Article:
«At this time when universities are affected by an economic, social and cultural crisis, what made you start up this project and what is new about Sophia?» Giorgia, an Italian, the students’ representative, asked the theologian Piero Coda, President of Sophia. She was putting into words the questions of numerous students, interested young people and those about to enrol, all present on 1 March this year in Loppiano for an internet conference call covering the four corners of the earth during the first Sophia Open Day.
So, what is new? Bringing together rigorous academic discipline and wisdom – hence the name Sophia – understood as a ‘transdisciplinary’ approach that draws from the roots Christian revelation: this is what is new. Sophia’s mission is to produce men and woman capable of revisioning human destiny, as Piero Coda pointed out in live a video interview. Up to this point 150 students have studied or are currently studying at Sophia, and about 30 of them have already achieved their degrees. «Sophia began years ago with our summer schools, Prof. Coda recalled, and the purpose of these was to relate various disciplines to the charism of Chiara Lubich so as to overcome the fragmentation that can be observed among them. Today the Institute has reached its fourth year and it offers a formation programme that aims at going beyond the ‘schizophrenia’ that can be experienced between academic development and the social, political and economic challenges of the world today».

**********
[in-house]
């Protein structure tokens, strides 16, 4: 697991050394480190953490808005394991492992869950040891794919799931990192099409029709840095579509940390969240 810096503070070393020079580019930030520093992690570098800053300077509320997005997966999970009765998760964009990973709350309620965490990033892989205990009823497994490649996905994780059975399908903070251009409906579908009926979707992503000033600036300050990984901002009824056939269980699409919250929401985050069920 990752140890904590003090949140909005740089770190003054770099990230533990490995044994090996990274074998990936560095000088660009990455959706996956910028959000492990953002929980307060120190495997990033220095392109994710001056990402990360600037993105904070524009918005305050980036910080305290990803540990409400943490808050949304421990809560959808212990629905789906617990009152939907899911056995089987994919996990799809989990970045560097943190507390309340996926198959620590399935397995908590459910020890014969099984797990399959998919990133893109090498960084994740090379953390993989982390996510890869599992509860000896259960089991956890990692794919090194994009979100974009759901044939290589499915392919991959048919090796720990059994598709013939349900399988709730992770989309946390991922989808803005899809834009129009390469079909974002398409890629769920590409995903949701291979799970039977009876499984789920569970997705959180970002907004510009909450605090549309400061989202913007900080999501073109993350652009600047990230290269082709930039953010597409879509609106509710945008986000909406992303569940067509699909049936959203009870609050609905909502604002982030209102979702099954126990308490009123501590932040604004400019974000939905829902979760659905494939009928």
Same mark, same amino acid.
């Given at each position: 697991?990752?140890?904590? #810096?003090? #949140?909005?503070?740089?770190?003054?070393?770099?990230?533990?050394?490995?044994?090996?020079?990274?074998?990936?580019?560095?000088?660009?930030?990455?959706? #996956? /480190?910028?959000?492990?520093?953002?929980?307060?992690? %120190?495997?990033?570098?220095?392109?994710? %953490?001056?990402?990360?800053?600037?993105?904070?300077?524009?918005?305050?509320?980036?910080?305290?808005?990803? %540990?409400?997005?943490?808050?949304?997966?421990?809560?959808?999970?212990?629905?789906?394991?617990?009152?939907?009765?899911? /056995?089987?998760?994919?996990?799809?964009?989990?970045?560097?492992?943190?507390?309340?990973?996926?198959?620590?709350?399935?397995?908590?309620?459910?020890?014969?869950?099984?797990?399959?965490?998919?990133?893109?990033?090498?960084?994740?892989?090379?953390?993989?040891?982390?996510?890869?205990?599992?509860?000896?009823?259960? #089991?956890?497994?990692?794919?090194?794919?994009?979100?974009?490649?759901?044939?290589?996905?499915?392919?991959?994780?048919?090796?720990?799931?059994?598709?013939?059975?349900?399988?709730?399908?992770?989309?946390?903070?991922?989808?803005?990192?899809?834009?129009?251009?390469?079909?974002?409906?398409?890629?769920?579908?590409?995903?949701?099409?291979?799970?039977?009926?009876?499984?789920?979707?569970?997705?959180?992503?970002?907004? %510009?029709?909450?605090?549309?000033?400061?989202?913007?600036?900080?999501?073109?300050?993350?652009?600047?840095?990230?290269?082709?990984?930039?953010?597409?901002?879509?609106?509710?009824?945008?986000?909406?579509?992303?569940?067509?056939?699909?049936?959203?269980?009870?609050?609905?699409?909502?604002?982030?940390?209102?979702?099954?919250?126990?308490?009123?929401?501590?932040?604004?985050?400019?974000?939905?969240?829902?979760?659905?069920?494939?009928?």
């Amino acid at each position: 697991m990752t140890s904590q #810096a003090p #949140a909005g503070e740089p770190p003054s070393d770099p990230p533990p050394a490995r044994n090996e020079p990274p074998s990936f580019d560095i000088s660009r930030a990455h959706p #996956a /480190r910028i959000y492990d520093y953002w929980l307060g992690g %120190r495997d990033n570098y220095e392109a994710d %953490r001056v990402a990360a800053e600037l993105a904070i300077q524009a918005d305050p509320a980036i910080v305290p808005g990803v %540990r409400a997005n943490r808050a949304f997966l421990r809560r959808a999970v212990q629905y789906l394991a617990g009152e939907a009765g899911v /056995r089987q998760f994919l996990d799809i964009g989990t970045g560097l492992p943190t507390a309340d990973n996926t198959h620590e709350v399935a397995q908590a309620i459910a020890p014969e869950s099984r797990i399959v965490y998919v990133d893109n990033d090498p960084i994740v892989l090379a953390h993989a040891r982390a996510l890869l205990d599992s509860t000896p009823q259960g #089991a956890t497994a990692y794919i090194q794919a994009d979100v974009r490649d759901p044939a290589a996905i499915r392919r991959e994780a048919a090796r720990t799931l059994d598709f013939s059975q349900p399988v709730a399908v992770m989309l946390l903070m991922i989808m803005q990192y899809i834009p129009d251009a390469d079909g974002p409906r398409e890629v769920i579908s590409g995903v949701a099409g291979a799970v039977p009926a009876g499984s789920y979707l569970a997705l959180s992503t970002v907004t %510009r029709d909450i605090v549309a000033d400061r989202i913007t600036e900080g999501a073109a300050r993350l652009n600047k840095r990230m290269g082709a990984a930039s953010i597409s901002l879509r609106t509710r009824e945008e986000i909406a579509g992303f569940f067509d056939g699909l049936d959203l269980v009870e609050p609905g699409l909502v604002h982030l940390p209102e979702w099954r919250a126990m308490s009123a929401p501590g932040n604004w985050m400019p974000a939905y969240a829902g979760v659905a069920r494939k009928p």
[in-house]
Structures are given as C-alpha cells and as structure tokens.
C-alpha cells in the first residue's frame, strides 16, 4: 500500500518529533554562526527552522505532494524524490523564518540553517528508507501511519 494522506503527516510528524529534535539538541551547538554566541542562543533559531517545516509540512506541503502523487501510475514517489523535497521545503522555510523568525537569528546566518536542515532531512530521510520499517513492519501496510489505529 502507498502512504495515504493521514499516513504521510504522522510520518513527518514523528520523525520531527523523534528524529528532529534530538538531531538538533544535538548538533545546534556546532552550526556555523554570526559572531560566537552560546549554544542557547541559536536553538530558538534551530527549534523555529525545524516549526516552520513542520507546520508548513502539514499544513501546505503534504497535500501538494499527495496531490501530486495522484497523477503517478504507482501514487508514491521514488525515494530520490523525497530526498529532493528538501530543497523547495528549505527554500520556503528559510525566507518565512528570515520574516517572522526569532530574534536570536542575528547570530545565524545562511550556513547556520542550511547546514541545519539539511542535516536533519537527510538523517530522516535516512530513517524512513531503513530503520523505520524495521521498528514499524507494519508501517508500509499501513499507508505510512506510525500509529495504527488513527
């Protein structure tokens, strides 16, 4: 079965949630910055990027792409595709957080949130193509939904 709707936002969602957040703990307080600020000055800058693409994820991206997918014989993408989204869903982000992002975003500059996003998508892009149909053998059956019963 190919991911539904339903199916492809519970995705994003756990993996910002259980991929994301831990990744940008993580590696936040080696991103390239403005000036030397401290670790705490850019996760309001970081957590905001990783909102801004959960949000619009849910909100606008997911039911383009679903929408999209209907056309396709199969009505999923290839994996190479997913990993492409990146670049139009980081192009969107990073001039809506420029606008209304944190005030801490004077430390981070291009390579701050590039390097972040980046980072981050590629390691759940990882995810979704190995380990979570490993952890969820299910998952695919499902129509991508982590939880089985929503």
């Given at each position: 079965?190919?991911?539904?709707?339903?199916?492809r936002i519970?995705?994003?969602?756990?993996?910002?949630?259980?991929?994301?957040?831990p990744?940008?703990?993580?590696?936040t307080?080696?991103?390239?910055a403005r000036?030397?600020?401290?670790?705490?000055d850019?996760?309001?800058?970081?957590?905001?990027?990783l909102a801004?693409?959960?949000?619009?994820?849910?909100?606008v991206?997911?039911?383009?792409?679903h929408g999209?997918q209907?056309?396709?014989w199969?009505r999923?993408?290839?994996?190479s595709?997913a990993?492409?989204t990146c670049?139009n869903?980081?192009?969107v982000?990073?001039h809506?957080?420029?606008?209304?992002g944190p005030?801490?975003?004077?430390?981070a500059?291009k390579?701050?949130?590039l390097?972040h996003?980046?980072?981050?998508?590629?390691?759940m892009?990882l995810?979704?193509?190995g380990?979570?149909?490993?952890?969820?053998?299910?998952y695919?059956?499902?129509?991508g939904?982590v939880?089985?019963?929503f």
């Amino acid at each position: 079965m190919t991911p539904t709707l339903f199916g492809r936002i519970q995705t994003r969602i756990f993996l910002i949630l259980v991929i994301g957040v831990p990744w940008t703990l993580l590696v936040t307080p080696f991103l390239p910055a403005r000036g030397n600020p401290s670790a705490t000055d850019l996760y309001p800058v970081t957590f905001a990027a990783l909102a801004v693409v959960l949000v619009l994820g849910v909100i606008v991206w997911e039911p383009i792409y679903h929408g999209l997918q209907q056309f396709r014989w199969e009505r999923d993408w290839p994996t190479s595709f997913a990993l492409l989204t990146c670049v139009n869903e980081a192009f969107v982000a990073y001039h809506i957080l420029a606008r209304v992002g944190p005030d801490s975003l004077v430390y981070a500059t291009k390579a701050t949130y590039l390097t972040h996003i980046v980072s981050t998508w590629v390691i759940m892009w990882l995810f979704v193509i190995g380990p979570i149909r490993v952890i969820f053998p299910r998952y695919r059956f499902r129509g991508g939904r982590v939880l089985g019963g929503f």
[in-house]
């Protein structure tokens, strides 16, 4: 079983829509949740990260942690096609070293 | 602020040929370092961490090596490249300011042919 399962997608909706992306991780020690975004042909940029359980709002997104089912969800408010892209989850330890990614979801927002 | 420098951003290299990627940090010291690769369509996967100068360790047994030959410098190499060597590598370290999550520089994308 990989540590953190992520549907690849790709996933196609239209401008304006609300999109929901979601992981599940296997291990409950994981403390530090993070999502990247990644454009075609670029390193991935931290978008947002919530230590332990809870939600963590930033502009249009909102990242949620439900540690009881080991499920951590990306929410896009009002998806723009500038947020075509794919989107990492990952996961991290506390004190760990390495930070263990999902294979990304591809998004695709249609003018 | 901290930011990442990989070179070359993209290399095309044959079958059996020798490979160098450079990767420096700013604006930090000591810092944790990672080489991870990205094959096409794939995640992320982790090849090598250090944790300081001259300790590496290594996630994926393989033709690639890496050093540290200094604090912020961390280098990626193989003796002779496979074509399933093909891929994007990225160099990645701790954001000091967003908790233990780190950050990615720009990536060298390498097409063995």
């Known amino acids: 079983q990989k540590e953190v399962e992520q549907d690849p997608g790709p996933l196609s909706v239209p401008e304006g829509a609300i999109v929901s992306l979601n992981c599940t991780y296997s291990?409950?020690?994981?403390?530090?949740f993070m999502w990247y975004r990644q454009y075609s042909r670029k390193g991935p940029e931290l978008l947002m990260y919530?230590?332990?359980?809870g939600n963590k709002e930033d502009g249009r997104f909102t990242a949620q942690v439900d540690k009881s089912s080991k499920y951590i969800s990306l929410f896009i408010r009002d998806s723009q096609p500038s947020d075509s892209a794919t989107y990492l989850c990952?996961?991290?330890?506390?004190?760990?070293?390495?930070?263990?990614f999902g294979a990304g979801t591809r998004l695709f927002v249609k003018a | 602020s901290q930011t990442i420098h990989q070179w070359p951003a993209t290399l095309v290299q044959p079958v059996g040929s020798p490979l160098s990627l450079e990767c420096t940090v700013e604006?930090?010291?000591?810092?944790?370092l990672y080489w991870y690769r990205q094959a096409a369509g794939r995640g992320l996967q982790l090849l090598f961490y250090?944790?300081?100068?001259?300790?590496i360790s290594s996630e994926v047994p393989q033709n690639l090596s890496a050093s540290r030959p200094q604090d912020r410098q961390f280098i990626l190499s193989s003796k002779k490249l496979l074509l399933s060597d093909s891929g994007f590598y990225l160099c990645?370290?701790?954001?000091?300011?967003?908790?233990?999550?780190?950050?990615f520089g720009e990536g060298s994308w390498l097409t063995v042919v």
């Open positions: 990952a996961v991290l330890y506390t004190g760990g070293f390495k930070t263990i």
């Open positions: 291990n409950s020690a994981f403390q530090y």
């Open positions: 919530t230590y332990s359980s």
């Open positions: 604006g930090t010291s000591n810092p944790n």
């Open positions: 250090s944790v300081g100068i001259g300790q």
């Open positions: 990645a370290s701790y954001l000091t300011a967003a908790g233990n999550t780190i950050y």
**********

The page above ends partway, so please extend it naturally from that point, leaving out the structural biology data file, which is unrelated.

There are several new approaches in the educational programme, as presented by some of the Institute’s teaching staff: Judith Povilus, vice-president and provost, Antonio Maria Baggio, professor of Political Philosophy, the theologian Alessandro Clemenza and the economist Giuseppe Argiolas. From next September the master’s degree in ‘Foundations and prospects for a Cultural of Unity’ will have four specialist areas: political studies, trinitarian ontology, economy and management and, in conclusion, the ‘culture of unity’. This last is aimed at students coming from any area of specialization, open to building a new world and willing to highlight the dimension of human relationships.
After this presentation several of Sophia’s students spoke. They came from various countries across the continents. Metta, a Buddhist from Thailand, grappling with studying in an environment that has a Christian inspiration, said: «For me studying here is mainly about a relationship of fraternity and these relationships are the language we all, students and teachers, have in common even in the midst of our differences. It’s a dimension I find also in my own religion».
Marco, an Italian whose first degree was in Motor Sciences, attends Sophia’s first year: «Looking to the future, the choice to go to Sophia has made me feel that I don’t wish so much to deepen my understanding of a specific discipline. Rather I need a formation that, as much as possible, will open up my cultural horizons and my awareness and make me better placed to face the world of work. At the moment, it doesn’t offer much certainty and so I have to be a self-starter».